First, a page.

I think the elevation of "crowdsourcing" as a legitimate indication for determining drug benefits or risks in the real world is a luddite-like anti-science trend that must be counteracted.
The latest example of this was just published on the Dose of Digital blog in the post "The Best Pharma Products According to Patients". In that post, Jonathan Richman reports drug ratings from iGuard.org and says:
"...which are the top-rated products? Forget about all those head-to-head trials that payors want, but most companies are hesitant to conduct (for many reasons). If you want to know which treatment is best, why not check out its ratings? How far away is a future where patients select which products they want to take by using reviews such as those found on iGuard? I’m sure some of you are scoffing at this idea because you think physicians should be recommending treatments, not iGuard. Two questions for those of you thinking this: aren’t objective ratings guiding treatment requests better than DTC TV ads that also aim to get people to ask for a specific treatment? And if these ratings are available, why would physicians ignore them? How long before they too use these types of reviews to decide which treatments to prescribe?"
According to the person who coined the term crowdsourcing, “A central principle animating crowdsourcing is that the group contains more knowledge than individuals.”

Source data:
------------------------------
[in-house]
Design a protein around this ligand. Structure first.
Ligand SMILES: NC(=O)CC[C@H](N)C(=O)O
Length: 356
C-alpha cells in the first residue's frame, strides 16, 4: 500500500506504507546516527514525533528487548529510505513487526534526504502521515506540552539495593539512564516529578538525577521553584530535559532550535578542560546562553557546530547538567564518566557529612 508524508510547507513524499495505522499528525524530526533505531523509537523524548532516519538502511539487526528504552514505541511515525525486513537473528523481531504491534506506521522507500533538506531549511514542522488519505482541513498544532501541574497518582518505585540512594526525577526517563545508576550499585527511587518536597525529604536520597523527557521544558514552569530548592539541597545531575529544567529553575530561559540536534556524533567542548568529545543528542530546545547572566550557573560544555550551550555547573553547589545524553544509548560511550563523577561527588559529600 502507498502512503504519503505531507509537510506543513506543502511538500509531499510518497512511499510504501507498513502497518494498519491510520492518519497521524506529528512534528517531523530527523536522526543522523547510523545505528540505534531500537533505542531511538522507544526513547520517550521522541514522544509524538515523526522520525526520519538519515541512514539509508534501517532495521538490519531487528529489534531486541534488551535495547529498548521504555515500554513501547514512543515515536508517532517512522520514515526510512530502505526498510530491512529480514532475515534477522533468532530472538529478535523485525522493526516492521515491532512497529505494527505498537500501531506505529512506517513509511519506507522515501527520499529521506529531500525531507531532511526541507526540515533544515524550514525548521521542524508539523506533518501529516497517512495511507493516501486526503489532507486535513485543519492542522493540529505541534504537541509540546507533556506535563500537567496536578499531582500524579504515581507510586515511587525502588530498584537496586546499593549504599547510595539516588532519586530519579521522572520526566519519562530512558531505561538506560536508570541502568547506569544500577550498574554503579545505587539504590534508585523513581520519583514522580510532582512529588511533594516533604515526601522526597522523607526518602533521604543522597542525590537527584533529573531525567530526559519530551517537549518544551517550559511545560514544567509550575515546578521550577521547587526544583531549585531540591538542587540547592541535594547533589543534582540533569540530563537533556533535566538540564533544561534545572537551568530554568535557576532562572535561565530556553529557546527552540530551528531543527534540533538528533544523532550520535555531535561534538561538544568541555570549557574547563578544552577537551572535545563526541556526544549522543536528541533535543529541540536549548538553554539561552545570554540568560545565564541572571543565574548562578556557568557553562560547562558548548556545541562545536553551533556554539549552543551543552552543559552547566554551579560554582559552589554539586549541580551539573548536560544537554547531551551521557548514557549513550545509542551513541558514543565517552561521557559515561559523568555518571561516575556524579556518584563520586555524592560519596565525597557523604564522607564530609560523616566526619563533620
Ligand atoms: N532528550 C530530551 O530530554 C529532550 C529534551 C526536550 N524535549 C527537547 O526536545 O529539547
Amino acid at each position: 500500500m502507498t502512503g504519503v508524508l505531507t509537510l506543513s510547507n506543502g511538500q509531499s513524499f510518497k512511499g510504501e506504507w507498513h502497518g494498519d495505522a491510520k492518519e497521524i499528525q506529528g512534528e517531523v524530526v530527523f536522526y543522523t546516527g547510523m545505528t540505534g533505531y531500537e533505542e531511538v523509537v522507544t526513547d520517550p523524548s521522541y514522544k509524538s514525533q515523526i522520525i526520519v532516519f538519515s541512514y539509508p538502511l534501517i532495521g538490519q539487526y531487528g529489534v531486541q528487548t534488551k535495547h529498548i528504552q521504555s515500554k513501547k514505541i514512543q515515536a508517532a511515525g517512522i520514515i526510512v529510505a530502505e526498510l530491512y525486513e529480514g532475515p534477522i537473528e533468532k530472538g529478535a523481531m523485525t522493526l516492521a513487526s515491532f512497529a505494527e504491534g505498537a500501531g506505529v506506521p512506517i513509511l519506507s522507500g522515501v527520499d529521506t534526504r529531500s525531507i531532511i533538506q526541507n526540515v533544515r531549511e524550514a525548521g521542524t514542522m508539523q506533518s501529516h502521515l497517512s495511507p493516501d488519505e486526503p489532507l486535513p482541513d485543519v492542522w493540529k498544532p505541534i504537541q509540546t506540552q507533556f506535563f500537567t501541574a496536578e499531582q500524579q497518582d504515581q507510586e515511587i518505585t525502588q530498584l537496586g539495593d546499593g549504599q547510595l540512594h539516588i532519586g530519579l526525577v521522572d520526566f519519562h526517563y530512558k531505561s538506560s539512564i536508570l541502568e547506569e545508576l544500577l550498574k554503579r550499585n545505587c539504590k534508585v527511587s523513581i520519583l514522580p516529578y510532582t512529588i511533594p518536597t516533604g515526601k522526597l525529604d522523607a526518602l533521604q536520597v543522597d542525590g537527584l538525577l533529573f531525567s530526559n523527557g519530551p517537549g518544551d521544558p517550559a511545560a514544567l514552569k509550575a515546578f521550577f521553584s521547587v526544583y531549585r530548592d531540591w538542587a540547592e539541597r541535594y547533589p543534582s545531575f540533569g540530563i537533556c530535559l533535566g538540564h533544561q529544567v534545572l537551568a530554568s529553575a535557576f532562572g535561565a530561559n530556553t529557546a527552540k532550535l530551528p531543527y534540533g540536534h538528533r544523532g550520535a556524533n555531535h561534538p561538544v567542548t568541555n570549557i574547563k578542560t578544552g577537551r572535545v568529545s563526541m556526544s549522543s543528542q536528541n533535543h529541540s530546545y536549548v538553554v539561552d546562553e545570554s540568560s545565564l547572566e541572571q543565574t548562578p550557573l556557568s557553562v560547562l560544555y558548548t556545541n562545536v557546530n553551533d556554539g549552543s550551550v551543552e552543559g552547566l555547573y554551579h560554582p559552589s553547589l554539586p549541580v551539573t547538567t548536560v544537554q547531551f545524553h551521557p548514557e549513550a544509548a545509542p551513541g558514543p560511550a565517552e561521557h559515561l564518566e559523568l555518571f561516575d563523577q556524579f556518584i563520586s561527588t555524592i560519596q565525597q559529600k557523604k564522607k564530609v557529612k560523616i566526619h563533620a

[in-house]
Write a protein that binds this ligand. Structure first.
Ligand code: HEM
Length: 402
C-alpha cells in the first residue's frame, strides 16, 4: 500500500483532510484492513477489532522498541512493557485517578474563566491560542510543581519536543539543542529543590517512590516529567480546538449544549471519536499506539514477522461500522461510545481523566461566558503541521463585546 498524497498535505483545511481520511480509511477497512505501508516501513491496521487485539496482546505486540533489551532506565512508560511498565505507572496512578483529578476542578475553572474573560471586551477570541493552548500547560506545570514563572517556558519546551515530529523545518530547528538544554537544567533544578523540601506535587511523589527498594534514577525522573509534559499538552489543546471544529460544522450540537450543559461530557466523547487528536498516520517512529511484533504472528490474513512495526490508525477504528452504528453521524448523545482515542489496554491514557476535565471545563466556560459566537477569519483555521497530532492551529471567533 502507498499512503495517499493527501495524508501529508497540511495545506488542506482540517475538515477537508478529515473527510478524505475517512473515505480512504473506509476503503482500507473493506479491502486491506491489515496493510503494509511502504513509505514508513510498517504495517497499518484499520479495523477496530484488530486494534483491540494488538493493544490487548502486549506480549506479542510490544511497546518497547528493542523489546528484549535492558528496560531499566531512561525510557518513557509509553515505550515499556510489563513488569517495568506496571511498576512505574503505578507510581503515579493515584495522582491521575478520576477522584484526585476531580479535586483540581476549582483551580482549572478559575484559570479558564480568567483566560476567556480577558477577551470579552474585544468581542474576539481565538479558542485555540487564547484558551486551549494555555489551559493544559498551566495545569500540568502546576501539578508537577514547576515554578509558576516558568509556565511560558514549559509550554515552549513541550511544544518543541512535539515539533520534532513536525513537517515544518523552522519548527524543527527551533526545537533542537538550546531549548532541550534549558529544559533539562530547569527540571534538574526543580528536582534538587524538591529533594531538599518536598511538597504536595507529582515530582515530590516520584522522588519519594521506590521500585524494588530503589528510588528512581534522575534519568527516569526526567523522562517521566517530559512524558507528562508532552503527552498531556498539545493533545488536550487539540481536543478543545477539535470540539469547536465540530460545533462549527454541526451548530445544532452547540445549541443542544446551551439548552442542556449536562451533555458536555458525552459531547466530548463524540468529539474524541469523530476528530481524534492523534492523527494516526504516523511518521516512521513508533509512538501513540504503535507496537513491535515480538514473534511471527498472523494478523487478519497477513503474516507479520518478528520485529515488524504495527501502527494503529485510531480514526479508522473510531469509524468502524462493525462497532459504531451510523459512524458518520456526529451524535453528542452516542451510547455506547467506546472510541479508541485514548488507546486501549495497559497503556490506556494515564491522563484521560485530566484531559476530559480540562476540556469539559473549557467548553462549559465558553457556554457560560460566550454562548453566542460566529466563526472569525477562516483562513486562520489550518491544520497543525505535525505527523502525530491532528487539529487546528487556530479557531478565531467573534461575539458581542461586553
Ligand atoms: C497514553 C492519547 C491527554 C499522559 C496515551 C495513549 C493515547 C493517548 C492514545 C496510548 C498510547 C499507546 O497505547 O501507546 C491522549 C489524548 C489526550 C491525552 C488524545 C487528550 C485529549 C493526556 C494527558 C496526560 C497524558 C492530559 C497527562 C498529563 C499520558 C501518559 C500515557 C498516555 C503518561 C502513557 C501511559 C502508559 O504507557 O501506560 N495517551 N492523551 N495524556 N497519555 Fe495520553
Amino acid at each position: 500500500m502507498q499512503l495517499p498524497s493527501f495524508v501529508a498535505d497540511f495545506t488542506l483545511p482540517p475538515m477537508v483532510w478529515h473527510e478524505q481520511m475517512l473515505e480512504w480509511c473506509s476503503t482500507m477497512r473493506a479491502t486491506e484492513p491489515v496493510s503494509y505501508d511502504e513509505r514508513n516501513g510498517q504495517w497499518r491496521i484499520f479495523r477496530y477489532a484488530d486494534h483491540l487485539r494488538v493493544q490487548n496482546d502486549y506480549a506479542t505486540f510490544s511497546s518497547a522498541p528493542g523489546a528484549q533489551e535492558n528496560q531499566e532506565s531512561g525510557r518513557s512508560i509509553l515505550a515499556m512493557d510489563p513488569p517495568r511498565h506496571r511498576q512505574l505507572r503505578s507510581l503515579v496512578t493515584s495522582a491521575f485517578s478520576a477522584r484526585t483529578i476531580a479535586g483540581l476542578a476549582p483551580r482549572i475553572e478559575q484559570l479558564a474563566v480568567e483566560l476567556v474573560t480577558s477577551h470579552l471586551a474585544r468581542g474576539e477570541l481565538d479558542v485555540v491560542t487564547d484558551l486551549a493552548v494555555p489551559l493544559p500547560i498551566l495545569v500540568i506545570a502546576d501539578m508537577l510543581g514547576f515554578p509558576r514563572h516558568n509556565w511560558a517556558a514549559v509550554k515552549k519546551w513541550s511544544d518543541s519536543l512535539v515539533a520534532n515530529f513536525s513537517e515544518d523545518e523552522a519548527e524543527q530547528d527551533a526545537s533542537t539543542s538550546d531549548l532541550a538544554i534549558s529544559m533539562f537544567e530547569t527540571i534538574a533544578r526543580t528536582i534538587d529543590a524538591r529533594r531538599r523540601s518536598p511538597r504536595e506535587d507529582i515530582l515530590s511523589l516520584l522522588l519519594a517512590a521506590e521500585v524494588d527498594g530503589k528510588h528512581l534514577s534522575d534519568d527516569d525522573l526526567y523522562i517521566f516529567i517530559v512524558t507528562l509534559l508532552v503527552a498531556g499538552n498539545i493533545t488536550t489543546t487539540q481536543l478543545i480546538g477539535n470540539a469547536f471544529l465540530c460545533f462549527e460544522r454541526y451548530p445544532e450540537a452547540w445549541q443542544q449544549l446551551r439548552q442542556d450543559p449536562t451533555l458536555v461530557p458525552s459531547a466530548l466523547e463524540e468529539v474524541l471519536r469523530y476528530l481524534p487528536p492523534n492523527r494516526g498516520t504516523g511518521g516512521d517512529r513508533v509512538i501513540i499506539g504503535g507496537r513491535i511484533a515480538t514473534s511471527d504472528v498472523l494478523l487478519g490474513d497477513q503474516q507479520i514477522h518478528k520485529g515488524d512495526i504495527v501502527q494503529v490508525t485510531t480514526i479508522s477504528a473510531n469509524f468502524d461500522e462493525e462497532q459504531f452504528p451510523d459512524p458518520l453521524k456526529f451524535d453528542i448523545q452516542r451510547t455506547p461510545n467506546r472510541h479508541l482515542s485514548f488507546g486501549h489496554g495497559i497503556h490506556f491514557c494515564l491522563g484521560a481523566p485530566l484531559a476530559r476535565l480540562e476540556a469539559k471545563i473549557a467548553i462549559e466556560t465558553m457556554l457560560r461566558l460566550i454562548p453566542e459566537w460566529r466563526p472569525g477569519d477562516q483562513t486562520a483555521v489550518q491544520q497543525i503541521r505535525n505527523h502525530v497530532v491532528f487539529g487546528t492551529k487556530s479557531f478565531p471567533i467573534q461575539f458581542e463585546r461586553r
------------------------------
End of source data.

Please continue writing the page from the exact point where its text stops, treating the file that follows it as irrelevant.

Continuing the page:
Therefore, a group of patients who take a specific drug has more knowledge than a single individual. OK, maybe a group of patients has more knowledge than a single patient, but do they have more knowledge than a single physician who has treated a large number of patients?
But more than that, what is this "group" that rated drugs like Viagra on iGuard.org?
More precisely, how MANY people are in this group and who are they?
Richman presents a table of drug ratings and for each drug there is a column that is labeled "Number of Patients." The number of patients in the Viagra row is 21,500, which implies that the "Patient Effectiveness Score" of 6.7 for Viagra (vs. 7.4 for Cialis) is based on 21,500 ratings.
This is NOT the case. iGuard says it "tracks" 21,500 (now 22,000) Viagra patients but it does not say how many patients RESPONDED by submitting ratings. That is, we do not know what N is in this dataset. If it's the same order of magnitude as number of comments received (ie, 36), then this is NOT good science nor is it even good "crowdsourcing."
I am currently reading a small book that I recommend. It is entitled "The Numbers Game: The Commonsense Guide to Understanding Numbers in the News, in Politics, and in Life" by Michael Blasland and Andrew Dilnot. The title should have included blogs as well as "News" because more and more people are reading blogs that have even less fact-checking than your average newspaper!